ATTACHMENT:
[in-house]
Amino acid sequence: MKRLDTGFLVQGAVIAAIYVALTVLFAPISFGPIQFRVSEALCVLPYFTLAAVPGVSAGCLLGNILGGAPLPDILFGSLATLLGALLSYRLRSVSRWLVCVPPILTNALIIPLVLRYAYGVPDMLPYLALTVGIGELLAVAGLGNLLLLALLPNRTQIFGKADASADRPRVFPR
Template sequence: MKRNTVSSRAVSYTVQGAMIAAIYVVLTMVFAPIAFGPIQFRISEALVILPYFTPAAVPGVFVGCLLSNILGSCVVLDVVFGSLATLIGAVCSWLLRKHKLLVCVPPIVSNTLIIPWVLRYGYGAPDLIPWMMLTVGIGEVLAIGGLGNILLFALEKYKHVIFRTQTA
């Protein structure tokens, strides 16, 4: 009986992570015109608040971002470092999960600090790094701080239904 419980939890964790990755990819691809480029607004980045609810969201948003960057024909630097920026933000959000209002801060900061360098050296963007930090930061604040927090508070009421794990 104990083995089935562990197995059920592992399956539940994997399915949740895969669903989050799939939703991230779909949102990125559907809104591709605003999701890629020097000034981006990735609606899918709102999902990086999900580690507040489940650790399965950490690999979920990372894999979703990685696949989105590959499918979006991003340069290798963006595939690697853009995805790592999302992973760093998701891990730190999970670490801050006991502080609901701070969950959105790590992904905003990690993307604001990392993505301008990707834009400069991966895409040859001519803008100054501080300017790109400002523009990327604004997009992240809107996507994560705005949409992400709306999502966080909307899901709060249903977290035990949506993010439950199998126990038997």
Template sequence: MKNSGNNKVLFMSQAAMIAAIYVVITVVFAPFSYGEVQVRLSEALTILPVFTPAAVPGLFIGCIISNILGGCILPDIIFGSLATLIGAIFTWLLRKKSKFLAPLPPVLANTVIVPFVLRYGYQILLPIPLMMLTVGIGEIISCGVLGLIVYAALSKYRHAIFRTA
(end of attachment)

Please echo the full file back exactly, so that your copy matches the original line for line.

[in-house]
Amino acid sequence: MKRLDTGFLVQGAVIAAIYVALTVLFAPISFGPIQFRVSEALCVLPYFTLAAVPGVSAGCLLGNILGGAPLPDILFGSLATLLGALLSYRLRSVSRWLVCVPPILTNALIIPLVLRYAYGVPDMLPYLALTVGIGELLAVAGLGNLLLLALLPNRTQIFGKADASADRPRVFPR
Template sequence: MKRNTVSSRAVSYTVQGAMIAAIYVVLTMVFAPIAFGPIQFRISEALVILPYFTPAAVPGVFVGCLLSNILGSCVVLDVVFGSLATLIGAVCSWLLRKHKLLVCVPPIVSNTLIIPWVLRYGYGAPDLIPWMMLTVGIGEVLAIGGLGNILLFALEKYKHVIFRTQTA
């Protein structure tokens, strides 16, 4: 009986992570015109608040971002470092999960600090790094701080239904 419980939890964790990755990819691809480029607004980045609810969201948003960057024909630097920026933000959000209002801060900061360098050296963007930090930061604040927090508070009421794990 104990083995089935562990197995059920592992399956539940994997399915949740895969669903989050799939939703991230779909949102990125559907809104591709605003999701890629020097000034981006990735609606899918709102999902990086999900580690507040489940650790399965950490690999979920990372894999979703990685696949989105590959499918979006991003340069290798963006595939690697853009995805790592999302992973760093998701891990730190999970670490801050006991502080609901701070969950959105790590992904905003990690993307604001990392993505301008990707834009400069991966895409040859001519803008100054501080300017790109400002523009990327604004997009992240809107996507994560705005949409992400709306999502966080909307899901709060249903977290035990949506993010439950199998126990038997």
Template sequence: MKNSGNNKVLFMSQAAMIAAIYVVITVVFAPFSYGEVQVRLSEALTILPVFTPAAVPGLFIGCIISNILGGCILPDIIFGSLATLIGAIFTWLLRKKSKFLAPLPPVLANTVIVPFVLRYGYQILLPIPLMMLTVGIGEIISCGVLGLIVYAALSKYRHAIFRTA